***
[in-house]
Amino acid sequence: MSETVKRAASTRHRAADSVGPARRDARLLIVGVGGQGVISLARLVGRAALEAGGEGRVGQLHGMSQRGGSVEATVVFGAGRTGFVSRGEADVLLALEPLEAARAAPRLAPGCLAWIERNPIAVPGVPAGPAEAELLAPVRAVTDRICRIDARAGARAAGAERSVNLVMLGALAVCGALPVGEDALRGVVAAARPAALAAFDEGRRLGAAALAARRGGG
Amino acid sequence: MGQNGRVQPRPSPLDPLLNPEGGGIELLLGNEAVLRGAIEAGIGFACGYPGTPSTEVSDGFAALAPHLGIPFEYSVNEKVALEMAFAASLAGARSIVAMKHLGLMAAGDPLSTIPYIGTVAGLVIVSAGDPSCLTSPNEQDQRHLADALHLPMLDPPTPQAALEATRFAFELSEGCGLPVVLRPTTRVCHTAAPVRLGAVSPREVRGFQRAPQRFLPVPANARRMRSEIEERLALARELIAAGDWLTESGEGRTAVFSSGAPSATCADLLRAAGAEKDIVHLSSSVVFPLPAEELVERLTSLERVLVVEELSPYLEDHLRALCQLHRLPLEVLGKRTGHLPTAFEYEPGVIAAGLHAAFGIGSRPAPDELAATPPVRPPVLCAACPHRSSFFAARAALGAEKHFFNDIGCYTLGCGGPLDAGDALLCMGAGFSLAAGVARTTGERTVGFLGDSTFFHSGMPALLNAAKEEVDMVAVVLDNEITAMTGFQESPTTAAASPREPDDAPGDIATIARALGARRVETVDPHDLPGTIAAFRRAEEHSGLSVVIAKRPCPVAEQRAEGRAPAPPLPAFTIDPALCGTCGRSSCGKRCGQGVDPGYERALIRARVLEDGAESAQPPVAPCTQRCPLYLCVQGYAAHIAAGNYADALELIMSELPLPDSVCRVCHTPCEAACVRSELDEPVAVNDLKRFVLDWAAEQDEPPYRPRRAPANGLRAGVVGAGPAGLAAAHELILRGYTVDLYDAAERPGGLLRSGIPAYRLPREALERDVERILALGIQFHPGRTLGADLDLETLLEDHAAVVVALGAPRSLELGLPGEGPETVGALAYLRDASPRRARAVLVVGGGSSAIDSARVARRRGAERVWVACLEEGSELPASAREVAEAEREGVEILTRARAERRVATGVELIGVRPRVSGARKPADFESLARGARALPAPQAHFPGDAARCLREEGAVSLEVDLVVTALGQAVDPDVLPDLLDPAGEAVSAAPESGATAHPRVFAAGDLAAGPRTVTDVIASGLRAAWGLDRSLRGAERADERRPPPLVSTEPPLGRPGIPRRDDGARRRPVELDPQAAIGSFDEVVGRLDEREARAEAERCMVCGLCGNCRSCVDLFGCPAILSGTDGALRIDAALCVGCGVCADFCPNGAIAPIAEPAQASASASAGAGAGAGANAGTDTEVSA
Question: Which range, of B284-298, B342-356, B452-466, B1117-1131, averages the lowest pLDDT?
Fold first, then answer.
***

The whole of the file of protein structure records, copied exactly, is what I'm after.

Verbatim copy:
[in-house]
Amino acid sequence: MSETVKRAASTRHRAADSVGPARRDARLLIVGVGGQGVISLARLVGRAALEAGGEGRVGQLHGMSQRGGSVEATVVFGAGRTGFVSRGEADVLLALEPLEAARAAPRLAPGCLAWIERNPIAVPGVPAGPAEAELLAPVRAVTDRICRIDARAGARAAGAERSVNLVMLGALAVCGALPVGEDALRGVVAAARPAALAAFDEGRRLGAAALAARRGGG
Amino acid sequence: MGQNGRVQPRPSPLDPLLNPEGGGIELLLGNEAVLRGAIEAGIGFACGYPGTPSTEVSDGFAALAPHLGIPFEYSVNEKVALEMAFAASLAGARSIVAMKHLGLMAAGDPLSTIPYIGTVAGLVIVSAGDPSCLTSPNEQDQRHLADALHLPMLDPPTPQAALEATRFAFELSEGCGLPVVLRPTTRVCHTAAPVRLGAVSPREVRGFQRAPQRFLPVPANARRMRSEIEERLALARELIAAGDWLTESGEGRTAVFSSGAPSATCADLLRAAGAEKDIVHLSSSVVFPLPAEELVERLTSLERVLVVEELSPYLEDHLRALCQLHRLPLEVLGKRTGHLPTAFEYEPGVIAAGLHAAFGIGSRPAPDELAATPPVRPPVLCAACPHRSSFFAARAALGAEKHFFNDIGCYTLGCGGPLDAGDALLCMGAGFSLAAGVARTTGERTVGFLGDSTFFHSGMPALLNAAKEEVDMVAVVLDNEITAMTGFQESPTTAAASPREPDDAPGDIATIARALGARRVETVDPHDLPGTIAAFRRAEEHSGLSVVIAKRPCPVAEQRAEGRAPAPPLPAFTIDPALCGTCGRSSCGKRCGQGVDPGYERALIRARVLEDGAESAQPPVAPCTQRCPLYLCVQGYAAHIAAGNYADALELIMSELPLPDSVCRVCHTPCEAACVRSELDEPVAVNDLKRFVLDWAAEQDEPPYRPRRAPANGLRAGVVGAGPAGLAAAHELILRGYTVDLYDAAERPGGLLRSGIPAYRLPREALERDVERILALGIQFHPGRTLGADLDLETLLEDHAAVVVALGAPRSLELGLPGEGPETVGALAYLRDASPRRARAVLVVGGGSSAIDSARVARRRGAERVWVACLEEGSELPASAREVAEAEREGVEILTRARAERRVATGVELIGVRPRVSGARKPADFESLARGARALPAPQAHFPGDAARCLREEGAVSLEVDLVVTALGQAVDPDVLPDLLDPAGEAVSAAPESGATAHPRVFAAGDLAAGPRTVTDVIASGLRAAWGLDRSLRGAERADERRPPPLVSTEPPLGRPGIPRRDDGARRRPVELDPQAAIGSFDEVVGRLDEREARAEAERCMVCGLCGNCRSCVDLFGCPAILSGTDGALRIDAALCVGCGVCADFCPNGAIAPIAEPAQASASASAGAGAGAGANAGTDTEVSA
Question: Which range, of B284-298, B342-356, B452-466, B1117-1131, averages the lowest pLDDT?
Fold first, then answer.